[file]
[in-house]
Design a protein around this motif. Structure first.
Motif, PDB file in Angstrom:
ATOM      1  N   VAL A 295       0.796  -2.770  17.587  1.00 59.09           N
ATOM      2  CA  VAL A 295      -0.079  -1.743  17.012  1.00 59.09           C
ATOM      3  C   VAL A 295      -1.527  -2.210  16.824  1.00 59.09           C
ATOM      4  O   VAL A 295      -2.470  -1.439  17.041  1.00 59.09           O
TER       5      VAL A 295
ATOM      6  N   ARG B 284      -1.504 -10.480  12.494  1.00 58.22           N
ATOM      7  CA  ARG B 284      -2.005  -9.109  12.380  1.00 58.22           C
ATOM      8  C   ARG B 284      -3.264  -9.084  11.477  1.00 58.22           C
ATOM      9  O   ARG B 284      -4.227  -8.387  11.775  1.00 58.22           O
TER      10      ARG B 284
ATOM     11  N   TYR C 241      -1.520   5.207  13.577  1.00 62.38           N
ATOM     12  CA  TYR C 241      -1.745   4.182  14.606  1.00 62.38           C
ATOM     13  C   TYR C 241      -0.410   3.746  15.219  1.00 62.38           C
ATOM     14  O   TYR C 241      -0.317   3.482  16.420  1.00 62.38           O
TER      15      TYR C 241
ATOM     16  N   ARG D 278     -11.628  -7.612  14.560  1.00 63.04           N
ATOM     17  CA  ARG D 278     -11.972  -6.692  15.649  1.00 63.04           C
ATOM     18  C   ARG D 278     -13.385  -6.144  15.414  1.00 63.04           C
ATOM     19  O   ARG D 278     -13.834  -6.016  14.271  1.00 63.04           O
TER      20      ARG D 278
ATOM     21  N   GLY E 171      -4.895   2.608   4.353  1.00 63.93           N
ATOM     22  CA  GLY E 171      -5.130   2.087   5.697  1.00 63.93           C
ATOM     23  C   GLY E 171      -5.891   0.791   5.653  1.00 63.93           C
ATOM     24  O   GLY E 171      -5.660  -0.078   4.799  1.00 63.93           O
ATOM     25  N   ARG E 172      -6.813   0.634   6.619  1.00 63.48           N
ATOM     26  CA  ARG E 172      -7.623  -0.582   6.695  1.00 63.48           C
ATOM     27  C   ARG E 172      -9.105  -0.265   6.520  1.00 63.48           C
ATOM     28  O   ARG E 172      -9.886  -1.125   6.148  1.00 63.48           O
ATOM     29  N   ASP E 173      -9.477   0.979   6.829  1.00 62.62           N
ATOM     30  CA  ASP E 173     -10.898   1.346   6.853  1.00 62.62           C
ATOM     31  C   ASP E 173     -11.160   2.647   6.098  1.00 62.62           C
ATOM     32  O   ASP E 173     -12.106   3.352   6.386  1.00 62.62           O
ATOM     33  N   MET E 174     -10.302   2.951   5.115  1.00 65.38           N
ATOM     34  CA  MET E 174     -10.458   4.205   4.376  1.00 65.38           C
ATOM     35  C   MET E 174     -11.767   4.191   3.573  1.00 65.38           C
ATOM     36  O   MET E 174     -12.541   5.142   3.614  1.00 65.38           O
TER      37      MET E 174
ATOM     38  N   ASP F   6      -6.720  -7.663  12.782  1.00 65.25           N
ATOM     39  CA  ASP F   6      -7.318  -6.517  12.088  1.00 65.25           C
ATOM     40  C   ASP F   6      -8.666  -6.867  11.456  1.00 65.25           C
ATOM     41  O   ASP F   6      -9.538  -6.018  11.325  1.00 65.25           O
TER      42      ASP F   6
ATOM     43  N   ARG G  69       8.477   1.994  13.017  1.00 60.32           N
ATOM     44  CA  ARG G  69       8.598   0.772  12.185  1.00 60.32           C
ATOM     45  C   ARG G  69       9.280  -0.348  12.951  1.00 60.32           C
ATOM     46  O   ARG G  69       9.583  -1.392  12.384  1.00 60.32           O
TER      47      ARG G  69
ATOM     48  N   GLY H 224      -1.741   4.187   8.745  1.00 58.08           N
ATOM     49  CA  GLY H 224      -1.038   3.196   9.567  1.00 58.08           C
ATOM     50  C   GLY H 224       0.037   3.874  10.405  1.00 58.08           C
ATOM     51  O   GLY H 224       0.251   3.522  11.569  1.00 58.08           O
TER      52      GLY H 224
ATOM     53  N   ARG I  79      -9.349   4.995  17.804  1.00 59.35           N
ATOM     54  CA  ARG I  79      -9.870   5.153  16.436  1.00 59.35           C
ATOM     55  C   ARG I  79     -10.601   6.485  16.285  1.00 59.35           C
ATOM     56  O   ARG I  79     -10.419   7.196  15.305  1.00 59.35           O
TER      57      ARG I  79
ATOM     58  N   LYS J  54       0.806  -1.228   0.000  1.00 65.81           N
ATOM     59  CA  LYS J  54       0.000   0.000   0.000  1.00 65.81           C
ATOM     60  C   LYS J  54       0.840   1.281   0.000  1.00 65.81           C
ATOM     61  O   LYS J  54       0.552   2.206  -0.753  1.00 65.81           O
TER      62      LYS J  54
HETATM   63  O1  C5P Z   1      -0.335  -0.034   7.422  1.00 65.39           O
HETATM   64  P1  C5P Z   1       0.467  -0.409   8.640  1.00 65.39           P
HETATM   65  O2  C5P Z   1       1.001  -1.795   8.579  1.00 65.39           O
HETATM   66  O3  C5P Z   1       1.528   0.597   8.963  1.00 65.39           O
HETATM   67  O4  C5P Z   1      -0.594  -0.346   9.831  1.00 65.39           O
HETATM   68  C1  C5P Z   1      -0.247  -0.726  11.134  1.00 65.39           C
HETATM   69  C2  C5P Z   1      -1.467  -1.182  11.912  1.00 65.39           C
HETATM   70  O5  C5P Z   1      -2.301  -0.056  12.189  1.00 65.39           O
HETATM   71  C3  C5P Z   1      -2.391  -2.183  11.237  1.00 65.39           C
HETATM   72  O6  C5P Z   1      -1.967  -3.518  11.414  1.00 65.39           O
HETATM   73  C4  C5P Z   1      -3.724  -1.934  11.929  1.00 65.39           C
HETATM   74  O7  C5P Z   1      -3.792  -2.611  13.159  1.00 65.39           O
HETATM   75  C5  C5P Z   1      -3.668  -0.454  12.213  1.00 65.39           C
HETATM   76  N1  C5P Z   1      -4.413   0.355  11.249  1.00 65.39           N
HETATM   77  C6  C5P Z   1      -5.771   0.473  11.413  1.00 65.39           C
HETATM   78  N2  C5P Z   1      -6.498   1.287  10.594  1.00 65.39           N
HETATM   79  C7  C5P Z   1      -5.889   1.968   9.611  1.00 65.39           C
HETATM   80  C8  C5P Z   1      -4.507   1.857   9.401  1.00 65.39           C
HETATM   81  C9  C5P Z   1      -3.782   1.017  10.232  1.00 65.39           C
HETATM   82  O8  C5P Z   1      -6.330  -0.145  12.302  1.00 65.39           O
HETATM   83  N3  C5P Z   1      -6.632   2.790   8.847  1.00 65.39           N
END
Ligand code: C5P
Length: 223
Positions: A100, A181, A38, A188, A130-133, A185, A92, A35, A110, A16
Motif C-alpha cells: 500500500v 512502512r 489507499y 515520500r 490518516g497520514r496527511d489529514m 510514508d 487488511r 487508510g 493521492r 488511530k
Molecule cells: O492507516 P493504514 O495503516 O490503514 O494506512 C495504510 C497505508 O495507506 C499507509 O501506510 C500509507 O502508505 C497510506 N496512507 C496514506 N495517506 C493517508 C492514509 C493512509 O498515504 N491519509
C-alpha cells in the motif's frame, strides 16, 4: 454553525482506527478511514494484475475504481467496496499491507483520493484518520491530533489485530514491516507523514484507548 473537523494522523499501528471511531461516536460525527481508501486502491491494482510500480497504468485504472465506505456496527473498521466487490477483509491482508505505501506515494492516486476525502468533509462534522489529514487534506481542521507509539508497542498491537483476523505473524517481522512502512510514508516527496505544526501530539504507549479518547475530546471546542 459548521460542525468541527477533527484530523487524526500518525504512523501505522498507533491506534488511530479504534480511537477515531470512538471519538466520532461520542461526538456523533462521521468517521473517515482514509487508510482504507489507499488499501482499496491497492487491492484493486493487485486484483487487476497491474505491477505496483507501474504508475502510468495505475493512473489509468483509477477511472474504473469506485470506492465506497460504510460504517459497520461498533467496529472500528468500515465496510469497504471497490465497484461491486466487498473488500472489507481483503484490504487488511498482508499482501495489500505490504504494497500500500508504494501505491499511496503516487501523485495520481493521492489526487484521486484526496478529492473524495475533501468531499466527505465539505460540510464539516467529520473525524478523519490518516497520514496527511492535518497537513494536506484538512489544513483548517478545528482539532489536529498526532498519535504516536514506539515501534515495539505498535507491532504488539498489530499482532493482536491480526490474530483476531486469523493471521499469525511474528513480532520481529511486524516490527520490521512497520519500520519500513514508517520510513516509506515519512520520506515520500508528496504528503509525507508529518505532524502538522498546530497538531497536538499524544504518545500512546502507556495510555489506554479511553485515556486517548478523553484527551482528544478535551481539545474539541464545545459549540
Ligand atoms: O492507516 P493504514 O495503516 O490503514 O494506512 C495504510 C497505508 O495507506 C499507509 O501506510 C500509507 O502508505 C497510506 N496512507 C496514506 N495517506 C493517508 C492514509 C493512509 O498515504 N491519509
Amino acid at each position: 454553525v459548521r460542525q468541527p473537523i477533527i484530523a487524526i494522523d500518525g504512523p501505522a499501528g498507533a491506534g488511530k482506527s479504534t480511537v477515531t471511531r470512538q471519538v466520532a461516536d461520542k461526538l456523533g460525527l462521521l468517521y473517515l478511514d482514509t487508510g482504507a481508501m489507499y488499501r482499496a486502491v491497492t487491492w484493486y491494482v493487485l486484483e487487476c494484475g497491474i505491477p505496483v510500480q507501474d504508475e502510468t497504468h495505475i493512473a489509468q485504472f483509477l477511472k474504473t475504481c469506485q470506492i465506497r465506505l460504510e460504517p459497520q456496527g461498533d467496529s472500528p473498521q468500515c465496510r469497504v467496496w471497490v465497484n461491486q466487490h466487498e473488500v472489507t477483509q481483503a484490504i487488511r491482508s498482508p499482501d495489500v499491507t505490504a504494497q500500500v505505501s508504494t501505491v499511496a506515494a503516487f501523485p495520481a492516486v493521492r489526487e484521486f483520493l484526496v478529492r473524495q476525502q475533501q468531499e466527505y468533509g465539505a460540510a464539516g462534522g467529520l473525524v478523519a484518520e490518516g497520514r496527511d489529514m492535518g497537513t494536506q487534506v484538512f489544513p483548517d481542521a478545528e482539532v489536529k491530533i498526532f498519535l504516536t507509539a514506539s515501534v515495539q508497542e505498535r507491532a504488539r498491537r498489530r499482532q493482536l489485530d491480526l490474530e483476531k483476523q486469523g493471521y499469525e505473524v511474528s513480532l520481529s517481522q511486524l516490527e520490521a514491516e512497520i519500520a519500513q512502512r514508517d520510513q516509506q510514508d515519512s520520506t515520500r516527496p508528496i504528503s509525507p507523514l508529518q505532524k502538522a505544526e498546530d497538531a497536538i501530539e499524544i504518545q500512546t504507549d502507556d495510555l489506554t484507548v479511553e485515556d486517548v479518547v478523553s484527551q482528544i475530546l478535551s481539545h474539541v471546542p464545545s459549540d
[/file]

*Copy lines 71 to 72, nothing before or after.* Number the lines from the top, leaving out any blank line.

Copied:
HETATM   68  C1  C5P Z   1      -0.247  -0.726  11.134  1.00 65.39           C
HETATM   69  C2  C5P Z   1      -1.467  -1.182  11.912  1.00 65.39           C